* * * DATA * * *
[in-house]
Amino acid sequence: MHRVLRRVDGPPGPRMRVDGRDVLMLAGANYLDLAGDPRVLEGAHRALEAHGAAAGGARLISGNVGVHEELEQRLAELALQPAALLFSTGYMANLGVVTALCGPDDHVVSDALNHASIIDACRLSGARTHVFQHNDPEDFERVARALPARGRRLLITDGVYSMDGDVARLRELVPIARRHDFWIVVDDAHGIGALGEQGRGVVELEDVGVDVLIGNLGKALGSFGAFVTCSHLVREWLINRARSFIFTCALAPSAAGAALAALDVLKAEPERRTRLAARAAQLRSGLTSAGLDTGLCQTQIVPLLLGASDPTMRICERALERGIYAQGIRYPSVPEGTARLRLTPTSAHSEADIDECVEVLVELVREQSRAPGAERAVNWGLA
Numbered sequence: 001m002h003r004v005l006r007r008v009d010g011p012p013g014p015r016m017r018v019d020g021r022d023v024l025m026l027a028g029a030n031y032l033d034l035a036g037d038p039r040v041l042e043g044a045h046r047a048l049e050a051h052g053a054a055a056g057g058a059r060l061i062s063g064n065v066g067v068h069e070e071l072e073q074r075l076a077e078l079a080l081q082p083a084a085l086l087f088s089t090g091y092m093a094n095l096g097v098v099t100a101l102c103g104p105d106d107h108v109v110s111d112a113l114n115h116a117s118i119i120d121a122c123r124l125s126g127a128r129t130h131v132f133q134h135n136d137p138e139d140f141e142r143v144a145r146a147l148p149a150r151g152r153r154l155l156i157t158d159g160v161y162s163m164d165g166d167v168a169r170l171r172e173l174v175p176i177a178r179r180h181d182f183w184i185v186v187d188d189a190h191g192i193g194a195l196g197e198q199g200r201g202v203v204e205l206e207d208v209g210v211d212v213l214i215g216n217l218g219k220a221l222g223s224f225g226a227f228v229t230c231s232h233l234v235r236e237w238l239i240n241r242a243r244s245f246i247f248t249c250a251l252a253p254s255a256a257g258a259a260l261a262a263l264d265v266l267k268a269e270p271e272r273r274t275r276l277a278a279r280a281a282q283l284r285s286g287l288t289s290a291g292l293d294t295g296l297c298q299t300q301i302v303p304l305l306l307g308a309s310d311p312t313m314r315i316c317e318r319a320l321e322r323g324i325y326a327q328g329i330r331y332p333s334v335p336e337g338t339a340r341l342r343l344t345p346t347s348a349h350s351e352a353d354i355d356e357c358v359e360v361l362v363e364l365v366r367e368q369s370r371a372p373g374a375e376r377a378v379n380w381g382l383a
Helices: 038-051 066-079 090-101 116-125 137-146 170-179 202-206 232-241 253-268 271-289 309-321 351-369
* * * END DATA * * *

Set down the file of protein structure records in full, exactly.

[in-house]
Amino acid sequence: MHRVLRRVDGPPGPRMRVDGRDVLMLAGANYLDLAGDPRVLEGAHRALEAHGAAAGGARLISGNVGVHEELEQRLAELALQPAALLFSTGYMANLGVVTALCGPDDHVVSDALNHASIIDACRLSGARTHVFQHNDPEDFERVARALPARGRRLLITDGVYSMDGDVARLRELVPIARRHDFWIVVDDAHGIGALGEQGRGVVELEDVGVDVLIGNLGKALGSFGAFVTCSHLVREWLINRARSFIFTCALAPSAAGAALAALDVLKAEPERRTRLAARAAQLRSGLTSAGLDTGLCQTQIVPLLLGASDPTMRICERALERGIYAQGIRYPSVPEGTARLRLTPTSAHSEADIDECVEVLVELVREQSRAPGAERAVNWGLA
Numbered sequence: 001m002h003r004v005l006r007r008v009d010g011p012p013g014p015r016m017r018v019d020g021r022d023v024l025m026l027a028g029a030n031y032l033d034l035a036g037d038p039r040v041l042e043g044a045h046r047a048l049e050a051h052g053a054a055a056g057g058a059r060l061i062s063g064n065v066g067v068h069e070e071l072e073q074r075l076a077e078l079a080l081q082p083a084a085l086l087f088s089t090g091y092m093a094n095l096g097v098v099t100a101l102c103g104p105d106d107h108v109v110s111d112a113l114n115h116a117s118i119i120d121a122c123r124l125s126g127a128r129t130h131v132f133q134h135n136d137p138e139d140f141e142r143v144a145r146a147l148p149a150r151g152r153r154l155l156i157t158d159g160v161y162s163m164d165g166d167v168a169r170l171r172e173l174v175p176i177a178r179r180h181d182f183w184i185v186v187d188d189a190h191g192i193g194a195l196g197e198q199g200r201g202v203v204e205l206e207d208v209g210v211d212v213l214i215g216n217l218g219k220a221l222g223s224f225g226a227f228v229t230c231s232h233l234v235r236e237w238l239i240n241r242a243r244s245f246i247f248t249c250a251l252a253p254s255a256a257g258a259a260l261a262a263l264d265v266l267k268a269e270p271e272r273r274t275r276l277a278a279r280a281a282q283l284r285s286g287l288t289s290a291g292l293d294t295g296l297c298q299t300q301i302v303p304l305l306l307g308a309s310d311p312t313m314r315i316c317e318r319a320l321e322r323g324i325y326a327q328g329i330r331y332p333s334v335p336e337g338t339a340r341l342r343l344t345p346t347s348a349h350s351e352a353d354i355d356e357c358v359e360v361l362v363e364l365v366r367e368q369s370r371a372p373g374a375e376r377a378v379n380w381g382l383a
Helices: 038-051 066-079 090-101 116-125 137-146 170-179 202-206 232-241 253-268 271-289 309-321 351-369